Varieties

The present Feijoa industry in New Zealand is based on seedling plants. Selection of superior varieties is proceeding at a rapid rate. Seedlings vary greatly in fruit quality and pollination requirements. Some seedlings are self fruitful – others need a second bush to pollinate their flowers. I recommend planting 2 or 3 seedling Feijoas to ensure cropping. The best named varieties are grafted to ensure the continuity of their desirable features. They are “Mammoth” – large oval fruits ripening mid-April and “Triumph” ­a heavy bearing bush with large smooth skinned fruits. Varieties “Large Oval” and “E4” show promise but are yet to be fully evaluated under our conditions.

While these grafted types are self fruitful it is still recommended that you plant 2 differ­ent varieties to increase yield and ensure full sized fruits. A~ with most fruiting plants, grafted or budded specimens are worth seeking out and paying extra for – they crop earlier – more reliably – and the fruit is considerably better eating.

Growing Conditions

Feijoa is probably the hardiest of the sub-tropical fruits. It’s drought resistant and will tolerate frosts down to minus 9 degrees centigrade. Best results will be achieved in areas within 30 – 40 kilometres of the coast from Geraldton to Esperance. Free draining soils, rich in organic material, full sun locations and wind protection are essential. While it can survive drought, Feijoa needs as much summer moisture as citrus for optimum cropping. Mulching is strongly recommended.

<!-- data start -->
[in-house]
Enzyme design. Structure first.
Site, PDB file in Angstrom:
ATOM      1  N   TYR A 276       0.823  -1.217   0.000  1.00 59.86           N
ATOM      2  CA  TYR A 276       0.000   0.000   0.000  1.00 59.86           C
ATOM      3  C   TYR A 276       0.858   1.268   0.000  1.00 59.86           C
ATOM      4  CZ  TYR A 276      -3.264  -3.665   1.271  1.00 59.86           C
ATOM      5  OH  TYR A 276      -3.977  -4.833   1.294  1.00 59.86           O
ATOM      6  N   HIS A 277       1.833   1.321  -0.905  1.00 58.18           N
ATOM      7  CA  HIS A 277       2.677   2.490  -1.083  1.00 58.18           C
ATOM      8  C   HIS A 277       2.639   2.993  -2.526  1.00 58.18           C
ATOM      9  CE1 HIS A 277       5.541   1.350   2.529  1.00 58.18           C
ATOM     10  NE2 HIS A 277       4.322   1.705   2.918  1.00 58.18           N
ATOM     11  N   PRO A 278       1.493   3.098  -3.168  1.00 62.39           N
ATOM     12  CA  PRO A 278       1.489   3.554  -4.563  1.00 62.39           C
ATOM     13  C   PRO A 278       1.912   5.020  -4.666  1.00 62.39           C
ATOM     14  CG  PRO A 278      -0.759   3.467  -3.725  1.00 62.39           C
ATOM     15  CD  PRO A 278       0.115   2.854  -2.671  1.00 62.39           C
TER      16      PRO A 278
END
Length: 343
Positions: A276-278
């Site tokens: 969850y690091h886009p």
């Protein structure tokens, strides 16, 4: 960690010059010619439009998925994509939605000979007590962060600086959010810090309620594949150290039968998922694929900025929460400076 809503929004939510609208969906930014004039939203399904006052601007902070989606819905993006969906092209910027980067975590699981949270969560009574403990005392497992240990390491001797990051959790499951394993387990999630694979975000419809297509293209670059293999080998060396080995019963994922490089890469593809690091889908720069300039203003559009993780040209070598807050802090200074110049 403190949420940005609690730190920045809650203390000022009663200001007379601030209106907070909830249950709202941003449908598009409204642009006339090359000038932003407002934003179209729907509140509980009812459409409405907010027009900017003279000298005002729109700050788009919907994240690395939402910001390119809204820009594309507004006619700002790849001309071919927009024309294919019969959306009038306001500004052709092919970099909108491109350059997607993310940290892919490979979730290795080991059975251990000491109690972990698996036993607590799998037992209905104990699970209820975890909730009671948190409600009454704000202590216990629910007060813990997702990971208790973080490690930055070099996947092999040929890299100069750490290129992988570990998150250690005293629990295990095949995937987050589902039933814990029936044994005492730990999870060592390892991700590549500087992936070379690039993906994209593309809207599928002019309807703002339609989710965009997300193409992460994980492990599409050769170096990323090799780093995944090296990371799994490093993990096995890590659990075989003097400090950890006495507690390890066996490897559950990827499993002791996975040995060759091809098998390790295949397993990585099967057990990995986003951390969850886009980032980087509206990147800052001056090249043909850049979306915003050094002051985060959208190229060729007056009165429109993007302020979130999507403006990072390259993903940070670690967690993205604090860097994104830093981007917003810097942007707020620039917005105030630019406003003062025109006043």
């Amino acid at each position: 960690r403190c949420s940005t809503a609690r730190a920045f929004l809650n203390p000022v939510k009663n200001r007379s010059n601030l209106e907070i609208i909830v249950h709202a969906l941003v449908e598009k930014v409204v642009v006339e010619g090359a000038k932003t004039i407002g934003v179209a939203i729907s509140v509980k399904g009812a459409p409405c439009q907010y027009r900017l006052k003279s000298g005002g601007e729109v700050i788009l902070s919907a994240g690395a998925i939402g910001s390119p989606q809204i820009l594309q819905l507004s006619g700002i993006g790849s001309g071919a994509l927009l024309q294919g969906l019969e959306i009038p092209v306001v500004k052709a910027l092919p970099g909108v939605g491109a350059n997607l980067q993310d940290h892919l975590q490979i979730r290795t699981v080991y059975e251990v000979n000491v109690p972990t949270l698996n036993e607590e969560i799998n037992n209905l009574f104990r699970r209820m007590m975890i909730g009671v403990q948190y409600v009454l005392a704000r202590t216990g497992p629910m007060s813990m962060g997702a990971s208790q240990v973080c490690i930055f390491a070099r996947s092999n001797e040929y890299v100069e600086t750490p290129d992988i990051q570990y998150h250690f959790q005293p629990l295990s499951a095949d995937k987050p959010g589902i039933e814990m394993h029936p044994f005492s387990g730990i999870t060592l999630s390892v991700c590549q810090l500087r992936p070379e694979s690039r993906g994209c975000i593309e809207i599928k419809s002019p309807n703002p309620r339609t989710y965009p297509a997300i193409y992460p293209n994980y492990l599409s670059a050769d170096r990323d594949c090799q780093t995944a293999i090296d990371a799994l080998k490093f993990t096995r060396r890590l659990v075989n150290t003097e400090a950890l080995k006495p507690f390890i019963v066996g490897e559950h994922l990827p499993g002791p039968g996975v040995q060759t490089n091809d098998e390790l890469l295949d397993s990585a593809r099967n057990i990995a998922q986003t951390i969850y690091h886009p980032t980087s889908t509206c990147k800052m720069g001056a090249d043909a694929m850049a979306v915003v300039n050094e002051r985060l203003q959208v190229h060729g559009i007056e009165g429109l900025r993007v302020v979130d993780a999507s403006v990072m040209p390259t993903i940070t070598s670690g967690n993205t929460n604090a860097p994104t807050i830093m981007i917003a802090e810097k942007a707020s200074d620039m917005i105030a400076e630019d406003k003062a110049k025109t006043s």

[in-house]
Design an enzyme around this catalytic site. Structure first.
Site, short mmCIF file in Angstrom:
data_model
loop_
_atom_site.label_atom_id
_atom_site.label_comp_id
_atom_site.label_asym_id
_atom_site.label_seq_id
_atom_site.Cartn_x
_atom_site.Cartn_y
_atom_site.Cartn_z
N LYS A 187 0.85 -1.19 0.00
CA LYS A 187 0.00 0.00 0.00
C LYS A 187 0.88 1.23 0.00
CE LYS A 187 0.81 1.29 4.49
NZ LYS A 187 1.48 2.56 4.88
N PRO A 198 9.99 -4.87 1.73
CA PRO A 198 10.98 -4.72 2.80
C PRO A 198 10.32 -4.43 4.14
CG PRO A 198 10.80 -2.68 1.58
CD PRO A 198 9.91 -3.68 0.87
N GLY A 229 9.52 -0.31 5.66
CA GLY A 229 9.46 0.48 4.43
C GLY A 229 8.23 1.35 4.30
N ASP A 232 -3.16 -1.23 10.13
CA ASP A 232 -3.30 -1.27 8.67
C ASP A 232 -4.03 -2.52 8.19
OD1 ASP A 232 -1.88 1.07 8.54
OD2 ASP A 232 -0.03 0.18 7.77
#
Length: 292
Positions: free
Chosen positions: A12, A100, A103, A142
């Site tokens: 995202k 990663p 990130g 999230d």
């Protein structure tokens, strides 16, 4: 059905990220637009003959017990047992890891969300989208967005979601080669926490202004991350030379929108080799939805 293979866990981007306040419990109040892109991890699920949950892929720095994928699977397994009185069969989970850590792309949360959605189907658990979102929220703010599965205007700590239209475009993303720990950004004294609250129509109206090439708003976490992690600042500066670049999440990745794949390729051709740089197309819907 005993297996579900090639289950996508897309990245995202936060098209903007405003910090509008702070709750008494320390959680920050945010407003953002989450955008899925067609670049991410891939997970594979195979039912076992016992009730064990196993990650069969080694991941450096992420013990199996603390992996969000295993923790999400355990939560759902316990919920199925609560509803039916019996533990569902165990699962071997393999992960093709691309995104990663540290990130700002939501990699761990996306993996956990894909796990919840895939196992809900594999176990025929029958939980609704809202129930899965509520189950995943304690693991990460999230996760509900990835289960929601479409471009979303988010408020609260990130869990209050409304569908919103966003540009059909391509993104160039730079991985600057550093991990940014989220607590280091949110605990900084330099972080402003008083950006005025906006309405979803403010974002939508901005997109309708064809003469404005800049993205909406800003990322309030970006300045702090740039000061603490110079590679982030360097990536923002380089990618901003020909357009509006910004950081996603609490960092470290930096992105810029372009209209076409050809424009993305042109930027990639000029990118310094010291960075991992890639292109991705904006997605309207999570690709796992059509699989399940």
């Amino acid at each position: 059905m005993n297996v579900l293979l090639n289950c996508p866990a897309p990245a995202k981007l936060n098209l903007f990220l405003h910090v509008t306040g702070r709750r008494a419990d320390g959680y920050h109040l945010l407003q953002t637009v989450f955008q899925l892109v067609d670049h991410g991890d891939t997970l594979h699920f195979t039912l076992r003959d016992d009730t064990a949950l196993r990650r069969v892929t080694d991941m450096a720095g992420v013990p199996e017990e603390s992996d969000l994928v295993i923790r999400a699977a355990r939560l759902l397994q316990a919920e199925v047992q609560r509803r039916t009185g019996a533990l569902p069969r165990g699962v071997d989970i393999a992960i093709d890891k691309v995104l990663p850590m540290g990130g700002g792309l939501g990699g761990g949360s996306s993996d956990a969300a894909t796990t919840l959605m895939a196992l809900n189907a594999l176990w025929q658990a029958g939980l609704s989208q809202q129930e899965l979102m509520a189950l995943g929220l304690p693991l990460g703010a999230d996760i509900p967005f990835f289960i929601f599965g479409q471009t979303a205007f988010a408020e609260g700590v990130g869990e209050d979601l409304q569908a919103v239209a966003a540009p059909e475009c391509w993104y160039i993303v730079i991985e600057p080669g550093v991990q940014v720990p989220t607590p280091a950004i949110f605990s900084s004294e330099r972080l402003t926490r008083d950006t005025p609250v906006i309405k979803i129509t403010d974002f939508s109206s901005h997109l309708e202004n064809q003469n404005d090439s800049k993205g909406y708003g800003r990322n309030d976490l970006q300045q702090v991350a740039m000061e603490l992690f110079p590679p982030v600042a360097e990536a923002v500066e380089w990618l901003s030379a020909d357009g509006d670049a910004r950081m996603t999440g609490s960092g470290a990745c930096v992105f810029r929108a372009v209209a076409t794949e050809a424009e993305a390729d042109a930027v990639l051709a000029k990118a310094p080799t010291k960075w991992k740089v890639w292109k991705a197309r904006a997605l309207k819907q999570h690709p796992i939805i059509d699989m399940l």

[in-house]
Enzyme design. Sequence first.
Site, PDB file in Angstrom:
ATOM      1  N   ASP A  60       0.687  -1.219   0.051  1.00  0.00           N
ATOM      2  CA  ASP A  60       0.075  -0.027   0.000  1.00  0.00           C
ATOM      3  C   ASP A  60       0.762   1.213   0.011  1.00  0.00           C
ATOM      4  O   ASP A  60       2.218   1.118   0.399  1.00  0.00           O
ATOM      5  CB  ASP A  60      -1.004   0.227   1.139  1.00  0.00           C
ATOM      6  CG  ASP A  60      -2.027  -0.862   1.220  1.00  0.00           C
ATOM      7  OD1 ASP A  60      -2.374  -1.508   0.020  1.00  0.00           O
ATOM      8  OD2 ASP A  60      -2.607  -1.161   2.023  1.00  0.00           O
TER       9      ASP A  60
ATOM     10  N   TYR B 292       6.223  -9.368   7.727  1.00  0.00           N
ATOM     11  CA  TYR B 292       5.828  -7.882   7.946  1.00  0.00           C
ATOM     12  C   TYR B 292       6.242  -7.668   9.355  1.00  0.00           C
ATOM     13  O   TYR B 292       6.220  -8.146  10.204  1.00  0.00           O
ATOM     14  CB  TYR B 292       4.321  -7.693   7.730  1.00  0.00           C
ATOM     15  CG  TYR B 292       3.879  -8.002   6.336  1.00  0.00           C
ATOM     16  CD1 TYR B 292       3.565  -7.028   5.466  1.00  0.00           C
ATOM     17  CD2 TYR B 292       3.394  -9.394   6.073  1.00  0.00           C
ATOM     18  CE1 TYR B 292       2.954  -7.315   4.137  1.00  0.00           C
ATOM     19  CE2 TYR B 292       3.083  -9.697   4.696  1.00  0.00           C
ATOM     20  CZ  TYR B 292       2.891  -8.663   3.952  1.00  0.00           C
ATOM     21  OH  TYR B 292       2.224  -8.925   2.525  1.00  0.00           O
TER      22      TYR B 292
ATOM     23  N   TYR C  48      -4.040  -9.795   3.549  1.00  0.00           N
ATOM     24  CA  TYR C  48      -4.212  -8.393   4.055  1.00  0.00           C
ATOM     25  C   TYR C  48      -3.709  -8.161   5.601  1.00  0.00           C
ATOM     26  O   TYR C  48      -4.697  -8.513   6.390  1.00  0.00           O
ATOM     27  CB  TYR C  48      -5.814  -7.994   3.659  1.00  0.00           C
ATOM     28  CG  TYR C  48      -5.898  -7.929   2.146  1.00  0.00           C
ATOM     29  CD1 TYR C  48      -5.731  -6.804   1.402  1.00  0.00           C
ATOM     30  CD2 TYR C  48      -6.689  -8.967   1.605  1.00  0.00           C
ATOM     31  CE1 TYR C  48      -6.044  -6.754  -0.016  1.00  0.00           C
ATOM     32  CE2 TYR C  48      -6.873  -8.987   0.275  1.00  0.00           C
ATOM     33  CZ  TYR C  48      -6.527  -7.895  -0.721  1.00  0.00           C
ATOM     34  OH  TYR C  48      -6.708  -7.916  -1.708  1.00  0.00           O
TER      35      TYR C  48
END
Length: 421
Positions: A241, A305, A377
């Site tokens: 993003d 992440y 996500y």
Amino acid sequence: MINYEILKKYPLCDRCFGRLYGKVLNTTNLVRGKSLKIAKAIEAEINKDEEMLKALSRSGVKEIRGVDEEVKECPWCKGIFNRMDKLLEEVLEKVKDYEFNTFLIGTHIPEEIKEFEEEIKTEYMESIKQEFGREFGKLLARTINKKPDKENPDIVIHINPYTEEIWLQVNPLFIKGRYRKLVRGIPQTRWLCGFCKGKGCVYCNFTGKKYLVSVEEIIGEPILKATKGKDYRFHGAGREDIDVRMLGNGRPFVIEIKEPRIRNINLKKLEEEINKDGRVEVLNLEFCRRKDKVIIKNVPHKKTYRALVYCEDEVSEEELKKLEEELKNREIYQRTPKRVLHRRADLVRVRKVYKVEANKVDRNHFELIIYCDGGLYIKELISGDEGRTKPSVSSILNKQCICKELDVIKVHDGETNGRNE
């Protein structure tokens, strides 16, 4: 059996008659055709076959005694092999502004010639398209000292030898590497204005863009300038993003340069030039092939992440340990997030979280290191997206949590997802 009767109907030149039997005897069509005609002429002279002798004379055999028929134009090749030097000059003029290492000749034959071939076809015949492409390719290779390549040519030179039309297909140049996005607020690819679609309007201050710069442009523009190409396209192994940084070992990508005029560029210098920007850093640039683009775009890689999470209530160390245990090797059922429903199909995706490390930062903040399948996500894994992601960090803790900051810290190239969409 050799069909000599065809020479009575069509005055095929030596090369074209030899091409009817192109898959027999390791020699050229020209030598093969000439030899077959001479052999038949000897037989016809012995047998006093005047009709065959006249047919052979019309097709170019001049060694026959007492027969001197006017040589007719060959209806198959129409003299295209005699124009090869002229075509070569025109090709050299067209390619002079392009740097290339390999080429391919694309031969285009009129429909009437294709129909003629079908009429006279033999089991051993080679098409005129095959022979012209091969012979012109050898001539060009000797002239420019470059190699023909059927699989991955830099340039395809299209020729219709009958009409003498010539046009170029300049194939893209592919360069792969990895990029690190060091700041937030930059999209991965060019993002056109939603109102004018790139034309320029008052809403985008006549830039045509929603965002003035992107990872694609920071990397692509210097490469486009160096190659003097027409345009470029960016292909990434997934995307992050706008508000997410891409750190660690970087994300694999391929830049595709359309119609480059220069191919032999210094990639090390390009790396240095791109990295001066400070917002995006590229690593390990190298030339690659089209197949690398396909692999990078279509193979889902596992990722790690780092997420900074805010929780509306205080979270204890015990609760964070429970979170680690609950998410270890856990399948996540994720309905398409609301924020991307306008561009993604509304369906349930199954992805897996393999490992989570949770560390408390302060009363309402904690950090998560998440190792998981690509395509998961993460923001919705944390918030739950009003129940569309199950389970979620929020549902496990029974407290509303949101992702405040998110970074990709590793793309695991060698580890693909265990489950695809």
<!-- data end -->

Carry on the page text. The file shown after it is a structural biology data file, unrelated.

Pest Problems

The major pests of Feijoa in Western Australia are firstly fruit fly – secondly scale insects. Regular cover spraying with Hebaycid is the most effective control of the former.  Malascale spray applied 2 or 3 times after an infestation is sighted will clear up scale insects.

Feijoa is particularly well suited to home garden growing with its exotic fruit, attractive appearance and its climatic tolerances. It , ease in growing make it an ideal starter crop for new fruit gardeners.

Peter Butler

A passionate person known to be a serious “hobbiest” with a must for drinking only G.O.D Coffee (Ground On Demand). Just love “Making Websites Work”, hence “Smarter Websites” by converting dead dormant websites into profitable websites… one at a time if necessary!